Question: In the sermon the other day, the priest said Satan hates us. It occurred to me to ask, “Why does Satan hate me; what did I ever do to him?”
— John Smoot, Bayonne, N.J.
Answer: To be sure, there are very deep mysteries involved in the motives for Satan’s hatred. We struggle to understand our own human psyches, let alone the psyche of a fallen angel.
However, an important clue to Satan’s hatred is contained in the third temptation he makes to Jesus in the desert. Showing Jesus all the kingdoms of the world, he says, “All these I shall give to you, if you will prostrate yourself and worship me” (Mt 4:9).
Here we see the curtain pulled back, and we glimpse for a moment the kind of inner torment that dominates Satan. He cannot bear that he is a creature and that there is another — God — who is to be adored.
Thus, in his colossal pride, he hates, first of all, God. And by extension, he hates everyone and everything that manifests the glory of God. Even more, he hates those who seek to adore God, rather than him. In his venomous pride, he seeks to destroy the Church, which declares the glory of God and reminds us that God alone is to be adored. Surely he hates and seeks to destroy those who even try to adore God.
As the text from the temptation in the desert suggests, Satan is tormented by pride, and his torment is filled with deep hatred for all who worship God and all who draw others to the worship of the one, true God.
Too much cross?
Question: A Protestant coworker says we Catholics focus too much on the Crucifixion and not enough on the Resurrection; that we focus too much on our sins and not enough on the new life Jesus gave us in the Resurrection. How do I answer him?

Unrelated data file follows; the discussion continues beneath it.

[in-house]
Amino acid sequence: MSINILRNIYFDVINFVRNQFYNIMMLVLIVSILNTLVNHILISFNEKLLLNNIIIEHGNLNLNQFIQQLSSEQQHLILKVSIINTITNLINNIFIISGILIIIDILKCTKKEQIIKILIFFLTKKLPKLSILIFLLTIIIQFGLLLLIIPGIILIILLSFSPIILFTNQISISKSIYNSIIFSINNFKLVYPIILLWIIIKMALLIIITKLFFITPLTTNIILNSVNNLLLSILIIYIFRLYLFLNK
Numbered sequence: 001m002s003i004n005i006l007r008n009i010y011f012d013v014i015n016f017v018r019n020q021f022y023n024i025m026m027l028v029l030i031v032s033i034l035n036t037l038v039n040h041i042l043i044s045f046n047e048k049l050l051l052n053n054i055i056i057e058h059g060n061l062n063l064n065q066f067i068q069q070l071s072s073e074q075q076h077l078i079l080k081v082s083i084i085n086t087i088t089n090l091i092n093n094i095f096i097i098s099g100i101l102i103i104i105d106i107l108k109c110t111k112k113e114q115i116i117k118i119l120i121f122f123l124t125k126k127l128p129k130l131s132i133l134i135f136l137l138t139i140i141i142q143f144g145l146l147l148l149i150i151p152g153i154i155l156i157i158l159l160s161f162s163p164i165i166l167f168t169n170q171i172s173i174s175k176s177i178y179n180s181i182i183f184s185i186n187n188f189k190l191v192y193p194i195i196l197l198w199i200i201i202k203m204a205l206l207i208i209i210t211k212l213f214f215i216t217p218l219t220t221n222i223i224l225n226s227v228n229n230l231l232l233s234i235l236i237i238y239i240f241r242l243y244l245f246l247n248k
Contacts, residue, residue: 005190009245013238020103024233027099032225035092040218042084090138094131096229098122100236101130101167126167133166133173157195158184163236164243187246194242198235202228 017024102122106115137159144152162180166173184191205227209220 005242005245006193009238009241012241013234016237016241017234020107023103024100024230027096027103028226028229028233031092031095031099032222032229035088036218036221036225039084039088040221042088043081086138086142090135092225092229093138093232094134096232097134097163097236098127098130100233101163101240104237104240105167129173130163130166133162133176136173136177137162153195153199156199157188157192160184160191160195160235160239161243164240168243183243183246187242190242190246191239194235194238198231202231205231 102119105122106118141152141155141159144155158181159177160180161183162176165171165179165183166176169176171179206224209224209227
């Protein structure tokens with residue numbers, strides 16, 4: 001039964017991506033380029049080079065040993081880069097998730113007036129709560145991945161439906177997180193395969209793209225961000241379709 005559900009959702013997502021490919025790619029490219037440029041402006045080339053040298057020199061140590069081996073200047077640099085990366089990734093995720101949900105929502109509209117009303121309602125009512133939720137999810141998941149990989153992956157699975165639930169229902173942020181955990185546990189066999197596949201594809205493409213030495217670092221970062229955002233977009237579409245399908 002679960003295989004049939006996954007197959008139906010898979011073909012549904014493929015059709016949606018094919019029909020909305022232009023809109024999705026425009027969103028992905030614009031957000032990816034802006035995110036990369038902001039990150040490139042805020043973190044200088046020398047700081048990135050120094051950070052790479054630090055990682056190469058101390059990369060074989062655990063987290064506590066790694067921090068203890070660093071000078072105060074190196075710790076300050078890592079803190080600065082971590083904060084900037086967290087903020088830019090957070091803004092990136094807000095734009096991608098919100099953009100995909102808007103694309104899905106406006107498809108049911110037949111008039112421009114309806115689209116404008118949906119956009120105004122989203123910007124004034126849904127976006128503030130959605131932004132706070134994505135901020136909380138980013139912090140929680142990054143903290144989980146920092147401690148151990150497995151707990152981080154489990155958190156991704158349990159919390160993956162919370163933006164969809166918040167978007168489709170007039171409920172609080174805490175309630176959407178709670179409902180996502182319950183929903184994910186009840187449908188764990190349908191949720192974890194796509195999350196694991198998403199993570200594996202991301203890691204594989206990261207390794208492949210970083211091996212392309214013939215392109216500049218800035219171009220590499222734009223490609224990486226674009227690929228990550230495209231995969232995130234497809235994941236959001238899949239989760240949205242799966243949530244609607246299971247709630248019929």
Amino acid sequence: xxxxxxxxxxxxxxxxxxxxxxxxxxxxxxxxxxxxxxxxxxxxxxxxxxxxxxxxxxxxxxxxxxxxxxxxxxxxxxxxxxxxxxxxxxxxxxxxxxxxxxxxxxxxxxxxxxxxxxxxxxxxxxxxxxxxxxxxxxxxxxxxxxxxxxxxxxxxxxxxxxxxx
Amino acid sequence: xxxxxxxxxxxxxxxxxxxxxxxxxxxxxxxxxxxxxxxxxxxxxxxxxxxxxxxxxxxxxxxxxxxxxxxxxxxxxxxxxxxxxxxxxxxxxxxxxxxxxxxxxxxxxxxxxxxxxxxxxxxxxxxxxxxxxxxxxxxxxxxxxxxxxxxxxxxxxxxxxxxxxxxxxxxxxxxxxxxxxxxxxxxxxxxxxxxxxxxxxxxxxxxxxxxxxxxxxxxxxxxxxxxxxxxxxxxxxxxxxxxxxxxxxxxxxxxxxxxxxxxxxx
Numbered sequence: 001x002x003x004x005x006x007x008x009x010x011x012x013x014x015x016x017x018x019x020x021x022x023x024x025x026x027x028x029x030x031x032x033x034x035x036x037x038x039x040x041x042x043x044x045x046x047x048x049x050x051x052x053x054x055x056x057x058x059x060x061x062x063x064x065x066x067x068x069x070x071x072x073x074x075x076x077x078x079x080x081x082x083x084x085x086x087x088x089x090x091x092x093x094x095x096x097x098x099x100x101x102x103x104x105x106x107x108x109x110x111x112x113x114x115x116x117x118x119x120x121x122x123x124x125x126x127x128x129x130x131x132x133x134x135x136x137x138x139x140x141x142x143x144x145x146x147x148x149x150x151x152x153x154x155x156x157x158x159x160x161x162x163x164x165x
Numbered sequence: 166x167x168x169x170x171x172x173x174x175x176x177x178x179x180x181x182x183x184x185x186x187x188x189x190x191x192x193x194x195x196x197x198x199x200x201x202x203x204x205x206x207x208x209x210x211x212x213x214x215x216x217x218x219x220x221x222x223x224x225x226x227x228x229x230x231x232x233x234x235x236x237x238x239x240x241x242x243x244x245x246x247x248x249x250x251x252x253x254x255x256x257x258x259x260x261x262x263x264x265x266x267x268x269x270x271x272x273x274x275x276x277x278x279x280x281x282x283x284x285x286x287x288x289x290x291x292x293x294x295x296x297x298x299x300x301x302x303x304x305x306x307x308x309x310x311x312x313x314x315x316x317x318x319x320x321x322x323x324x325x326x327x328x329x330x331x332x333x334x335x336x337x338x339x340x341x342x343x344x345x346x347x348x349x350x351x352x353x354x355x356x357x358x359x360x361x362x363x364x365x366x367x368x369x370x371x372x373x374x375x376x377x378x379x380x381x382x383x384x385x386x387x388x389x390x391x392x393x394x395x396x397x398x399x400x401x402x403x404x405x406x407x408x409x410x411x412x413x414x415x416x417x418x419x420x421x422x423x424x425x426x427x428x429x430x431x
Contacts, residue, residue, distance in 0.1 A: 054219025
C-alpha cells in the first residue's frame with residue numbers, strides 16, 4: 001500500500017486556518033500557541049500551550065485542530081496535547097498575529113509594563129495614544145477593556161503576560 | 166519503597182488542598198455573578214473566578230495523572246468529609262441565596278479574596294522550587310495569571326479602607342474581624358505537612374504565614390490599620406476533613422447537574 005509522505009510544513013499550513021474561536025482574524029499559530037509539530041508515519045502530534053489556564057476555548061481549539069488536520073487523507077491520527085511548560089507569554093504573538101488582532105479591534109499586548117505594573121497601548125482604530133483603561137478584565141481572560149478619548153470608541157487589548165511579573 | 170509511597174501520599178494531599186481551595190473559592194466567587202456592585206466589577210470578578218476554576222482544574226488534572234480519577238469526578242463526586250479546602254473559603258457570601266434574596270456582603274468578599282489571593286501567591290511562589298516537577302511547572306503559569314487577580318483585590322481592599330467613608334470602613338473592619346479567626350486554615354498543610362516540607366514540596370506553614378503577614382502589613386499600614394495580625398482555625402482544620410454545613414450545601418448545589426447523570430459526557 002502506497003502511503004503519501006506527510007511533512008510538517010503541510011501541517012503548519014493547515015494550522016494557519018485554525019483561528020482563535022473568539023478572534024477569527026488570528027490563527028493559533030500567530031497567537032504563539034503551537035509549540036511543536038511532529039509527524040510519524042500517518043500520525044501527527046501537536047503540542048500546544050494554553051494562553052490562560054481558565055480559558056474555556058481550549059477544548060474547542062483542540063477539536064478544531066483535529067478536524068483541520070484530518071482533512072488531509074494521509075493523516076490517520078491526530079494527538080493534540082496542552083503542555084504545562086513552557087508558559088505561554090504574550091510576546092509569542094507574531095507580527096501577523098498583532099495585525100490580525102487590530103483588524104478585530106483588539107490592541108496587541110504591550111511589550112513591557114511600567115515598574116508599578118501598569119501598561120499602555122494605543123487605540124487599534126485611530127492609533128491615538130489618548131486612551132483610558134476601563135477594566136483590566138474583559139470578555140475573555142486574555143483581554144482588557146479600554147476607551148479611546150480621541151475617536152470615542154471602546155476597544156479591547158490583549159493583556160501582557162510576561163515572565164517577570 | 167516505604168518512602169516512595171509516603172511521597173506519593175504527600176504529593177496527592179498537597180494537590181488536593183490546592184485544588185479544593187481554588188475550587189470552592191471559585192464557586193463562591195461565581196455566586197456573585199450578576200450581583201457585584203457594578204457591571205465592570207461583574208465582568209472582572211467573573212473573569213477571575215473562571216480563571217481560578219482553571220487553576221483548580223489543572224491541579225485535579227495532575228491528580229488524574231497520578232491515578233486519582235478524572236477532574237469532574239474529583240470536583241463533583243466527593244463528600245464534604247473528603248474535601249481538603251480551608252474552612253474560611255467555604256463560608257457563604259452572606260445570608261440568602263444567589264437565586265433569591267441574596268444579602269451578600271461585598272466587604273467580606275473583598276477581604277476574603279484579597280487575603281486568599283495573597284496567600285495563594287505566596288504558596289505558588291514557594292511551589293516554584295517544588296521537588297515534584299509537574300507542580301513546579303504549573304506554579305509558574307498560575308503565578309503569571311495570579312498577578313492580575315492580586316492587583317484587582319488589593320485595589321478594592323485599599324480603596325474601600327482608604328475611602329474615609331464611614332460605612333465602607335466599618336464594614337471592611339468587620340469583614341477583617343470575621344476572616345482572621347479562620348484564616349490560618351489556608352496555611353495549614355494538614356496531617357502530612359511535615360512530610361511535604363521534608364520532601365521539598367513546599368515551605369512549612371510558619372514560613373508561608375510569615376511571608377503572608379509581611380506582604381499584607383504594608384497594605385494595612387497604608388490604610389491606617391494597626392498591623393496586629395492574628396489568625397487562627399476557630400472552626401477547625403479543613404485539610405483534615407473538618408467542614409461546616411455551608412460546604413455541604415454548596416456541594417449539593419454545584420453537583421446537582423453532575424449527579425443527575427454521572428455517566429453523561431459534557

— Name withheld, Tampa, Fla.
Answer: Perhaps a first and philosophical point is that all of us should avoid setting up false dichotomies. The cross and the Resurrection are not an either/or proposition, but a both/and reality.
Theologically, some also simplify salvation, which, while one reality, actually has two essential components: the forgiveness (washing away) of our sins and the new life of the Resurrection. In other words, Jesus did not only forgive our sins but also offers us a new life. And these two aspects make up the salvation which Jesus wins for us.
St. Thomas Aquinas says, “The death of Christ ... is the cause of the extinction of our sins; but his resurrection, by which he returns to the life of glory, is the cause of our justification, by which we return to the newness of justice.”
Therefore, the death of Jesus on the cross is the starting point of our salvation and justification since it removes sin. In the Resurrection we have the manifestation of the new life, which Jesus offers us and which we are summoned to experience more deeply with each passing day.
Therefore, both the cross and the Resurrection are essential in our salvation and justification: We die to sin, but we rise to new life.
I am going to guess that the co-worker is an evangelical Protestant. Traditional Protestantism placed a significant emphasis on the cross, as any look at a older Protestant hymnal will reveal.
Msgr. Charles Pope is the pastor of Holy Comforter-St. Cyprian in Washington, D.C., and writes for the Archdiocese of Washington, D.C., blog at blog.adw.org. Send questions to Pastoral Answers, Our Sunday Visitor, 200 Noll Plaza, Huntington, IN 46750 or to firstname.lastname@example.org. Letters must be signed, but anonymity may be requested.